Thursday, 28 January 2010

Spanish Democracy

As a country that suffered the ravages of dictatorship for so long, it's nice to see the Spanish take to democracy so heartily - and nowhere is it more evident than their Eurovision selection process.

Three years ago, fed up with a string of poor to middling results, some genius at RTVE had the brainwave of opening their pre-selection contest up to the masses and not only allowing anyone to enter, but giving the whole world the opportunity to vote on them. No filtering or fine tuning - anyone could enter, from the most professional record-company endorsed act to the most lowly bedroom artist. Now that's the kind of democracy I like!

So they put out a call for songers across the land to display their wares on MySpace, not realising the mild controversy that would ensue. The plan was that punters would vote for their faves, and the top few would battle it out in a televised final. All very good, but it didn't take into account that fabulous human instinct for making things cheekily difficult. Inside days an unlikely contender raced to the top of the vote table. Antonio  'El Gato' González was an elderly man who had his croaky homespun warblings set to a bizarre mininal techno backing track for the song La Bicicletera. It was racing away into a huge lead when someone at the Spanish TV station noticed that a bulk its votes all came from the same few IP addresses. It subesquently had around 100,000 votes taken away from it, but still finished respectably well up the table.

This may have been good news for those hoping for a more traditional song, but their previous fears were soon doubled by one Rodolfo Chikilicuatre with his faux reggaeton stomper Baila el Chiki-Chiki. Chikilicuatre (local slang for good for nothing), was the comic creation of comedian David Fernández, a regular cast member on rival TV station LaSexta's late night show Buenafuente. With plenty of free publicity, and a groundswell of populist funtime opinion behind it, the song walked the final, and finished in 16th in Belgrade - still one of Spain's best results in some years.

The following year RTVE tried it all again, only this time in a much more complicated way. Once again, songs were submitted via MySpace. Of the 978 entries, only 455 were considered to be within the rule. These songs were then divided into genres. The top 5 songs in each of the ten categories then qualified for a protracted series of auditions and ever decreasing heats. Runaway leaders throughout the contest were a flamenco dance act called Melody y Los Vivancos with their difficult but exciting song Amante de la Luna. But despite tieing for the lead in the final with the severe-haired songstress Soraya and her more traditionally-Eurovision flavoured dance piece La Noche es Para Mí, they missed out on a trip to Moscow on a countback technicality.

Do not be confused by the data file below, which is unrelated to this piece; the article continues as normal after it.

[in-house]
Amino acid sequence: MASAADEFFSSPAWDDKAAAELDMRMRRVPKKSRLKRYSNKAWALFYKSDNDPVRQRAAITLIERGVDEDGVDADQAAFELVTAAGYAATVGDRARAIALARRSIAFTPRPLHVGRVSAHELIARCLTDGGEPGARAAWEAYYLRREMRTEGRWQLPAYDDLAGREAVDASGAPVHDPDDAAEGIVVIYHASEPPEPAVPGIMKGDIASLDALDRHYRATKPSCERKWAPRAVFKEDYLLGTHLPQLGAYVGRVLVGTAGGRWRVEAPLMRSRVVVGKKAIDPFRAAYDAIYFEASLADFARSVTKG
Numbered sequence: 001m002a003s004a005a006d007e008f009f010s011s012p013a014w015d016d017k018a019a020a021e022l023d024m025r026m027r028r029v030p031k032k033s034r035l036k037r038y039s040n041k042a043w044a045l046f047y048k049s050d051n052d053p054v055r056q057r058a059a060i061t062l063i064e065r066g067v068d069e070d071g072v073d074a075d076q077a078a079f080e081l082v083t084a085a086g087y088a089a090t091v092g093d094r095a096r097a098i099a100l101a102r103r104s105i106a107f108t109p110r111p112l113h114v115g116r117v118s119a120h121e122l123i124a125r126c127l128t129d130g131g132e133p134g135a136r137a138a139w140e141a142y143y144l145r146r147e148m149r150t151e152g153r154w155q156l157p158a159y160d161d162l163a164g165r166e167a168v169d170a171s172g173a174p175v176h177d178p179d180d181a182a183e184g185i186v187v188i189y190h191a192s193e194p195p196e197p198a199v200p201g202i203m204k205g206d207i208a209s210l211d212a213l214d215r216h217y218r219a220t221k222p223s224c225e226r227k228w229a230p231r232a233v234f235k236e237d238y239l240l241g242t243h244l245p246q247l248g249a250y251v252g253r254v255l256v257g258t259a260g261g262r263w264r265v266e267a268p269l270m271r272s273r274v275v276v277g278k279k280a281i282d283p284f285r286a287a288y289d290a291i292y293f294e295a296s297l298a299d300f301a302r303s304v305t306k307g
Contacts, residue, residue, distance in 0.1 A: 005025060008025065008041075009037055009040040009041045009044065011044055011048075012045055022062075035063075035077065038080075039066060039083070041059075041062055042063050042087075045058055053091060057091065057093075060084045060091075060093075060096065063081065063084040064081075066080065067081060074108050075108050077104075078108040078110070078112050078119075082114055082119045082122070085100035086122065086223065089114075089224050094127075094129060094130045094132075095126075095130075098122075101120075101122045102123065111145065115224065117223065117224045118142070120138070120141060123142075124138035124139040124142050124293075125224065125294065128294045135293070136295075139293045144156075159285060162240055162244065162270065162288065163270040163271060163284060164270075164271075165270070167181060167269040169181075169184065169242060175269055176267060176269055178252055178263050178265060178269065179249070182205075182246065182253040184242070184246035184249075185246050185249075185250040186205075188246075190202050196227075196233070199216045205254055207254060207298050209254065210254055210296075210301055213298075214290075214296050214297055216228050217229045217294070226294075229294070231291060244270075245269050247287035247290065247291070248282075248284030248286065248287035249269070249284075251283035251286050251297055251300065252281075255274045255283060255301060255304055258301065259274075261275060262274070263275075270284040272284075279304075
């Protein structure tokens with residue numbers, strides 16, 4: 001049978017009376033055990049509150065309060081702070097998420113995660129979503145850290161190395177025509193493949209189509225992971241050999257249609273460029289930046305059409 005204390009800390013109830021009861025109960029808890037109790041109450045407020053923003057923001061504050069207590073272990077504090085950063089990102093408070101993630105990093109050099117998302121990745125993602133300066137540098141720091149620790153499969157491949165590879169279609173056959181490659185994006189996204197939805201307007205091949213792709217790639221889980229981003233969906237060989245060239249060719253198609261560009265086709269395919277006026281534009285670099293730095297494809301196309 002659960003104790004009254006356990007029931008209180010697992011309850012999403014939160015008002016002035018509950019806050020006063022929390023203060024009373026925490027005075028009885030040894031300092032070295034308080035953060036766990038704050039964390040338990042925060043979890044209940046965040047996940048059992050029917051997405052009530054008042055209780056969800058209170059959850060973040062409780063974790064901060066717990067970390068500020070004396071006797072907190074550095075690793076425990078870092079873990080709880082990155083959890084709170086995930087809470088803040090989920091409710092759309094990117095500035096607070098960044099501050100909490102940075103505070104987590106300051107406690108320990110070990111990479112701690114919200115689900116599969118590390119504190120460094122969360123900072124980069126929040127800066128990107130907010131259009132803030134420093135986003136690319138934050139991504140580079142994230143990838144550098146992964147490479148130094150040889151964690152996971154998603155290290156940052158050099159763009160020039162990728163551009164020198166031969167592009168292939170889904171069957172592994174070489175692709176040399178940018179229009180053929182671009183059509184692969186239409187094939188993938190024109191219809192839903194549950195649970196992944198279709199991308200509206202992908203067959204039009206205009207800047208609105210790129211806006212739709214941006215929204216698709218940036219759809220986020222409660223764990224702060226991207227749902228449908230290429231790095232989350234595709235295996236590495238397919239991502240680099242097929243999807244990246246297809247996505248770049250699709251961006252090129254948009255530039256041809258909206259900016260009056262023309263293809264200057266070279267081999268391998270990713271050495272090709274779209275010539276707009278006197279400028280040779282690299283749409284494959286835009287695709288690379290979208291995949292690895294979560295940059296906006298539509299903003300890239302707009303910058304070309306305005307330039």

Soraya eventually came 23rd out of 25th in the final.

So bless RTVE for their persistence - they're trying the whole thing again this year. Thankfully though the process is much simpler. This time, 480 songs were submitted, of which 319 were banged up onto the TV channel's website for a straight open vote - the top ten going on to fight out a gala final. But there was immediate controversy. Each viewer to the site could vote up to five times a day from the same email address. This led to accusations that those artists signed to big labels would benefit from dedicated PR departments flooding the table with votes sent from a string of specially created email addresses. But despite this, a surprise candidate flew to the top of the leaderboard inside 24 hours.

The song Soy Un Tsunami by a botox-powered old gal calling herself Pop Star Queen stormed  to the head of the field. It was soon discovered though that the performer was in fact one Karmele Marchante, a presenter from another minority channel - this time TeleCinco - who wanted to pull a similar stunt to old Chiki Chiki two years before. Close checks were then made on the content of all the submitted songs, which saw Pop Star Queen disqualified, along with a few other popular tunes (sadly also including the rather ace La Fiesta del Fuego by old-skool Valencian rave head Chimo Bayo). This meant that the table was now topped by Coral Segovia and her formula Disney-esque ballad En una Vida - particularly ironic as it was Coral who was beaten into second place by Rodolfo Chikilicuatre two years since.

But that isn't the end of it. It would seem that the curious forces behind Pop Star Queen are attempting to rocket another hapless hopeful to unexpected stardom. This has seen the unlikely rise to glory of a surly looking body-builder called John Cobra, with his raspy piece of bedroom business Carol. Leaping from near the bottom of the table to a solid third place in a few short days, RTVE are bound to cobble up some reason to disqualify it, but I for one hopes he makes it - if only to see how the poor soul is going to perform it live on a big stage in front of a whole bunch of people.

But it's the lower reaches of the voting table that holds the most joy. Mainly populated by transvestites and old men hammering away on guitars, there are many splendours to behold, and I highly recommend a quick visit to the official site to sample some of them yourself. If for nothing else than to sample the glorious marvel that is SuperEddy...

With a week of voting still to go, almost anything could happen. Coral Segovia will probably win it, as there's a general feeling among Eurovision fandom that it's her turn. But I suspect that there'll still be some thrills and spills along the way - particularly as our old mate El Gato has suddenly started creeping up the charts again!

Y Viva España!

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